• 7.
    Raghothama, Jayanth
    et al.
    KTH, School of Technology and Health (STH), Health Systems Engineering.
    Moustaid, Elhabib
    KTH, School of Technology and Health (STH), Health Systems Engineering.
    Magal Shreenath, Vinutha
    KTH, School of Technology and Health (STH), Health Systems Engineering.
    Meijer, Sebastiaan
    KTH, School of Technology and Health (STH), Health Systems Engineering.
    Bridging borders: Integrating data analytics, modeling, simulation, and gaming for interdisciplinary assessment of health aspects in city networks2017In: City Networks: Collaboration and Planning for Health and Sustainability, Springer, 2017, p. 137-155Chapter in book (Refereed)
    Abstract [en]

    The health perspective in urban science brings new methodological challenges to planning of city networks. Due to the system of systems nature of healthcare, new methods are needed to facilitate disciplinary integration and management of models and models-of-models. Participation of stakeholders and policy makers demands the uptake of new methods and a new perspective on the use of interfaces and boundary objects. In this chapter, the authors discuss evidence from five projects that use gaming, simulation, modeling, and data analytics in unconventional ways for design of large-scale urban systems to provide a methodological path forward for overcoming traditional engineering approach issues.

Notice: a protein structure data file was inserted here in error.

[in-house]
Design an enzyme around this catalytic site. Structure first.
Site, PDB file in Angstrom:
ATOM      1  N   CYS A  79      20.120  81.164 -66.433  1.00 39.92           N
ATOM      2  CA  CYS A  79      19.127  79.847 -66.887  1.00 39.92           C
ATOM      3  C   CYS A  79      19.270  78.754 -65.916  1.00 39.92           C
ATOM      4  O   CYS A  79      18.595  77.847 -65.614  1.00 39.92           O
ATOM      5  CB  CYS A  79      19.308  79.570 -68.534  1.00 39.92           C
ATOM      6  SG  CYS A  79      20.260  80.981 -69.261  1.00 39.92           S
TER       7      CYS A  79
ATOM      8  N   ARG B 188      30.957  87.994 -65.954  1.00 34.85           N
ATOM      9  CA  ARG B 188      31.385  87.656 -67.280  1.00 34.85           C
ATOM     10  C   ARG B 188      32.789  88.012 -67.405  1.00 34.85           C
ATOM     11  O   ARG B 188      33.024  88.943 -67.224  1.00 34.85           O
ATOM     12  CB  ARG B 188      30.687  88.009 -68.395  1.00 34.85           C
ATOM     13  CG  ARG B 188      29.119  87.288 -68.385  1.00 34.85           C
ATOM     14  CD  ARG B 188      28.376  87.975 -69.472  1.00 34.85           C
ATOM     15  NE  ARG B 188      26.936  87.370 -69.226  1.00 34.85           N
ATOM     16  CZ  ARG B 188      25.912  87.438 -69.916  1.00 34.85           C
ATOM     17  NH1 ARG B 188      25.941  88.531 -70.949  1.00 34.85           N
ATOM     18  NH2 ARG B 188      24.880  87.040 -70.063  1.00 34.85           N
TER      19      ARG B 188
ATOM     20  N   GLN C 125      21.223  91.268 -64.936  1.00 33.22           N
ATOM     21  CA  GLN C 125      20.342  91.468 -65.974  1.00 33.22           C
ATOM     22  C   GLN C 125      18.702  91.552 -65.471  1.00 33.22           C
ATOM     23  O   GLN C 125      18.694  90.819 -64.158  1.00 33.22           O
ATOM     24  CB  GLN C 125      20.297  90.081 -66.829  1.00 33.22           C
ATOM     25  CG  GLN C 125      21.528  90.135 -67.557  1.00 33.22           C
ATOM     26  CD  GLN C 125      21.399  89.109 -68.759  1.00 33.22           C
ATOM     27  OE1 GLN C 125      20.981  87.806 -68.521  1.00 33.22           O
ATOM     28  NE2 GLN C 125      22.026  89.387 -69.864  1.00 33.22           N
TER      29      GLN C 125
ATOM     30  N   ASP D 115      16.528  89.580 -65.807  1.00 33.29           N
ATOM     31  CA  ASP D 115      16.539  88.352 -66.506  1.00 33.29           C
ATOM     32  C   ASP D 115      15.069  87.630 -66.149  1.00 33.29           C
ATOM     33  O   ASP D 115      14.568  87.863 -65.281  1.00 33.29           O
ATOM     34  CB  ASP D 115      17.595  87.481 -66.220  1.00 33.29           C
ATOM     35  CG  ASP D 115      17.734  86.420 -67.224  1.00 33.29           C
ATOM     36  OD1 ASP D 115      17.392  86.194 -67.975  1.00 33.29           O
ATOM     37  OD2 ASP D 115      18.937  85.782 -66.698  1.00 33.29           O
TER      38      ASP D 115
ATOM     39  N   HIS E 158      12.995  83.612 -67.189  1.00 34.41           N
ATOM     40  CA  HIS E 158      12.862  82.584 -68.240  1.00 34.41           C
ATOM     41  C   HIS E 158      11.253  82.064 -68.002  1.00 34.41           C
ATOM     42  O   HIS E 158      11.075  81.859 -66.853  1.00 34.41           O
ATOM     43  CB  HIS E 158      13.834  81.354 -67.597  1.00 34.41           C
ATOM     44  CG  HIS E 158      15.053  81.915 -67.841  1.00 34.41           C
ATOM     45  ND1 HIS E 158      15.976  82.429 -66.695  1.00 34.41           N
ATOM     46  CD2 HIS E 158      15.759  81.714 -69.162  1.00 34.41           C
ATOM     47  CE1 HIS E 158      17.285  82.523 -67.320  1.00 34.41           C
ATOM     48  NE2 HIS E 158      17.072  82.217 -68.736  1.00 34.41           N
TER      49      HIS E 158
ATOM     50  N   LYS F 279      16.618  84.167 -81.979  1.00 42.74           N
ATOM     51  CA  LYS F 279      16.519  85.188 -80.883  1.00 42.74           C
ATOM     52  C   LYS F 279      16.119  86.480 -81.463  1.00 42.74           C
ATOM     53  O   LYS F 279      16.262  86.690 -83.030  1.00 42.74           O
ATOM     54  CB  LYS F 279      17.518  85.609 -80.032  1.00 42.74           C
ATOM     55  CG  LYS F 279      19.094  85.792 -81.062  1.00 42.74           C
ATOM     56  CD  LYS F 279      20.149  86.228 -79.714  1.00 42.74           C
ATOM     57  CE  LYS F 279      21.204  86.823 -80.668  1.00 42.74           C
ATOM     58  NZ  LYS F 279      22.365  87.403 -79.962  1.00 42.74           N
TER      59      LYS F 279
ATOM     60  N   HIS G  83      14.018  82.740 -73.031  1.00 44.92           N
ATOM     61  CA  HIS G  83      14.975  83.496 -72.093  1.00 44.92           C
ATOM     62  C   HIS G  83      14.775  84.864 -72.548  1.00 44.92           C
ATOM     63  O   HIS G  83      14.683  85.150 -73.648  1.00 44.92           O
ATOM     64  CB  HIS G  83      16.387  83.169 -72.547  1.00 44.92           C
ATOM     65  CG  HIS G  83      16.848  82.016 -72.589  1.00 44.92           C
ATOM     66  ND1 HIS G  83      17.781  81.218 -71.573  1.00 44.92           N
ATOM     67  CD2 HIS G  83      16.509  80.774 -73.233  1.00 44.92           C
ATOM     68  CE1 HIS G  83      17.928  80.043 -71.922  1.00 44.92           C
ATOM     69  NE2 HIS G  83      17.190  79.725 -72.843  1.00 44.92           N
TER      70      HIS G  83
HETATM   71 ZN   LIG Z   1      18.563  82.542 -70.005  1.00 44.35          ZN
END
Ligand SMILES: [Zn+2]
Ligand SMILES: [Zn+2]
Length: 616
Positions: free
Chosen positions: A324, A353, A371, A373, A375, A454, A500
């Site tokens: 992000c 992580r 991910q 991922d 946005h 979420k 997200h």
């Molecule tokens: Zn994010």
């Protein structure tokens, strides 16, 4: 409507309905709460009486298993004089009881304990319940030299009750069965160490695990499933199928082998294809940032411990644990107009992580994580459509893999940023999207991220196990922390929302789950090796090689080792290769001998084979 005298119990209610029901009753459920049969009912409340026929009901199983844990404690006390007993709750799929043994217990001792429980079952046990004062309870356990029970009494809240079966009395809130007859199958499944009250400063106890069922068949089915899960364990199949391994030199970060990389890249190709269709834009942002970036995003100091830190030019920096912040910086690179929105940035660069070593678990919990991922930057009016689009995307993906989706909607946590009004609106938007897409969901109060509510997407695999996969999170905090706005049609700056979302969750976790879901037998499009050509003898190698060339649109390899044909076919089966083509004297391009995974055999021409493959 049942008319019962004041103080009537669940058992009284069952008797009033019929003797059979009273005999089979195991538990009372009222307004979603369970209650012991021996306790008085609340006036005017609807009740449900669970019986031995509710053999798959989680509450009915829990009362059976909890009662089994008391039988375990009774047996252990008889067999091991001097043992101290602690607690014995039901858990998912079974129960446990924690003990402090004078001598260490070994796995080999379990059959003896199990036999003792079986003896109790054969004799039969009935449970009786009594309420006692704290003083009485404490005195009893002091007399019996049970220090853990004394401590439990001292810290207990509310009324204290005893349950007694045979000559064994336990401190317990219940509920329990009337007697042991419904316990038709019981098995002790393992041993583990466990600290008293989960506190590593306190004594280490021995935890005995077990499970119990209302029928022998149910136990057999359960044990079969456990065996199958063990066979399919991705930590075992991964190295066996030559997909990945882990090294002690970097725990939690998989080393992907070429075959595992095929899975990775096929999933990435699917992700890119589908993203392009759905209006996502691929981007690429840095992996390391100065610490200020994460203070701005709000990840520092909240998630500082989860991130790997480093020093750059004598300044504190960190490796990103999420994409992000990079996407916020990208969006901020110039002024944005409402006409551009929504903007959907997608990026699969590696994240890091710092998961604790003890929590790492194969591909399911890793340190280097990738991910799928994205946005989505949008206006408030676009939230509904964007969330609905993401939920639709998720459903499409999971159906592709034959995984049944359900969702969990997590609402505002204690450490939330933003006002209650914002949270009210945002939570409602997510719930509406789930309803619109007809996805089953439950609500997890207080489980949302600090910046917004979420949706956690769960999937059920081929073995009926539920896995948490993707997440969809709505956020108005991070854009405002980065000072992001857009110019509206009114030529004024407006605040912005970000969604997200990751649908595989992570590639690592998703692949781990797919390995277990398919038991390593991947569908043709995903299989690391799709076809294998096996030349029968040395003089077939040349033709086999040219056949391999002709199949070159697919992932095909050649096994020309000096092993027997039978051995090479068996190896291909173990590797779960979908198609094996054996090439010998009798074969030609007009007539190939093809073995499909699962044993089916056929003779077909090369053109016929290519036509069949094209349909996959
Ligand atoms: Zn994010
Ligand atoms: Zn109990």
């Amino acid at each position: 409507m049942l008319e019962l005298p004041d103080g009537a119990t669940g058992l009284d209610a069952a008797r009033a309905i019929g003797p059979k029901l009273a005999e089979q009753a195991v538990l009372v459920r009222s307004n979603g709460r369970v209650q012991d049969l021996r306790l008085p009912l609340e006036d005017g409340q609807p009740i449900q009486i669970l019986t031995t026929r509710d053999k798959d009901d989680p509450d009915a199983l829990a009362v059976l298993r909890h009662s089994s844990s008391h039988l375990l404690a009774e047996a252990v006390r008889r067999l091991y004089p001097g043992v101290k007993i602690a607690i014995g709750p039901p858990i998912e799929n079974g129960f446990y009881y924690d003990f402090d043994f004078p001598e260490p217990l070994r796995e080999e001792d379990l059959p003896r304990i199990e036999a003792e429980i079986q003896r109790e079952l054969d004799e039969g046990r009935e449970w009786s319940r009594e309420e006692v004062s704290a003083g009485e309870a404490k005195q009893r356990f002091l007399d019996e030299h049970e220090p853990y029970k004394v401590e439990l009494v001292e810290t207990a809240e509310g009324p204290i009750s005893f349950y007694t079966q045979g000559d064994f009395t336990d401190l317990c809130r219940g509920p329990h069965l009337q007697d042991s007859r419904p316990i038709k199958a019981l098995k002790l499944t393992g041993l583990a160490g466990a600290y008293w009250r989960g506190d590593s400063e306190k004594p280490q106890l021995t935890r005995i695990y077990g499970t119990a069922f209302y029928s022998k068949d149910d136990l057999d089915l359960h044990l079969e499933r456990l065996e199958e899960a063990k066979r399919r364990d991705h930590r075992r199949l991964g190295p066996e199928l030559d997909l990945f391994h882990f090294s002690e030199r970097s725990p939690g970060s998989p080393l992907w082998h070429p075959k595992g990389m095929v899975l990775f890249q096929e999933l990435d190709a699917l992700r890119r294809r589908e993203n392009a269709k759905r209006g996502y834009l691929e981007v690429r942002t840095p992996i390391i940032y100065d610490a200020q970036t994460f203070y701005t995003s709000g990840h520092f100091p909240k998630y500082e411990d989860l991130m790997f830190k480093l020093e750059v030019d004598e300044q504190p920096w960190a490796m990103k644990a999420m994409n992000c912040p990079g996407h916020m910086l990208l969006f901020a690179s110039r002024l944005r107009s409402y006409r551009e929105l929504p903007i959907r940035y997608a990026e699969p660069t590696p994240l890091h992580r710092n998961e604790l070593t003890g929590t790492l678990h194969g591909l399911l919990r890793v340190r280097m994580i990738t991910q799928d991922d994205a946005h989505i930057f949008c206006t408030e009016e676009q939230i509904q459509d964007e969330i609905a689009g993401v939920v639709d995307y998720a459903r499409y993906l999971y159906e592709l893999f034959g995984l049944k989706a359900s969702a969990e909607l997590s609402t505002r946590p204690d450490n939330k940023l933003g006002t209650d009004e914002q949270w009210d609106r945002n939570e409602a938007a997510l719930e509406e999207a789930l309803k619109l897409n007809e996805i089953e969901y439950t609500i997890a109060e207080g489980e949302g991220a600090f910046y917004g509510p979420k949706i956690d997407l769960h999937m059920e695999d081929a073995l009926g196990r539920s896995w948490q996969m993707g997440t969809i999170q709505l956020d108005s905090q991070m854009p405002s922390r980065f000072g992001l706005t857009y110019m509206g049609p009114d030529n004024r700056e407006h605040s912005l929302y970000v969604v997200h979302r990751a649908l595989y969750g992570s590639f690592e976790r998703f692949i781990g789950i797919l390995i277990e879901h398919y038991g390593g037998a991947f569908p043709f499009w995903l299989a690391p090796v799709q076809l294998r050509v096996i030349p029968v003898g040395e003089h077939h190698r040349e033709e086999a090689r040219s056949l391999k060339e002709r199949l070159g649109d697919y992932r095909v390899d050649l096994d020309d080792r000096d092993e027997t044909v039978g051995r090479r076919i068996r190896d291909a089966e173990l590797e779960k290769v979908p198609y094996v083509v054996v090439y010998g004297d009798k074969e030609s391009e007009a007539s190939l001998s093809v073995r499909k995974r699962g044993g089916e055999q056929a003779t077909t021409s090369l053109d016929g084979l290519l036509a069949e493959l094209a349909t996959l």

• 8. Zomer, Lara-Britt
    et al.
    Moustaid, Elhabib
    KTH, School of Technology and Health (STH), Health Systems Engineering, Health Care Logistics.
    Meijer, Sebastiaan
    KTH, School of Technology and Health (STH), Health Systems Engineering, Health Care Logistics.
    A Meta-Model for Including Social Behavior and Data into Simulation in the Smart City Context2015In: Proceedings of the 2015 Winter Simulation Conference / [ed] L. Yilmaz, W. K. V. Chan, I. Moon, T. M. K. Roeder, C. Macal, and M. D. Rossetti, Institute of Electrical and Electronics Engineers (IEEE) , 2015, p. 1705-1716Conference paper (Refereed)
    Abstract [en]

    mart city management can be regarded to bridge different realms of thinking about cities, i.e., 1) the city as complex-adaptive system, 2) socio-technical operational control center and 3) multi-actor policy-making. Underpinned by different world views and theoretical bodies, integration of the three realms puts forward new demands on simulation approaches and challenges current knowledge and available technology regarding integration of sub-models across different systems. In order to support urban transportation management, a holistic approach is needed that semantically connects the three realms by incorporation of human behavior and knowledge. Combining research on knowledge management and computer science, this paper presents a novel meta-framework as socio-technical hybrid simulation language to generalize integration of simulations, gaming and data for modeling urban transportation.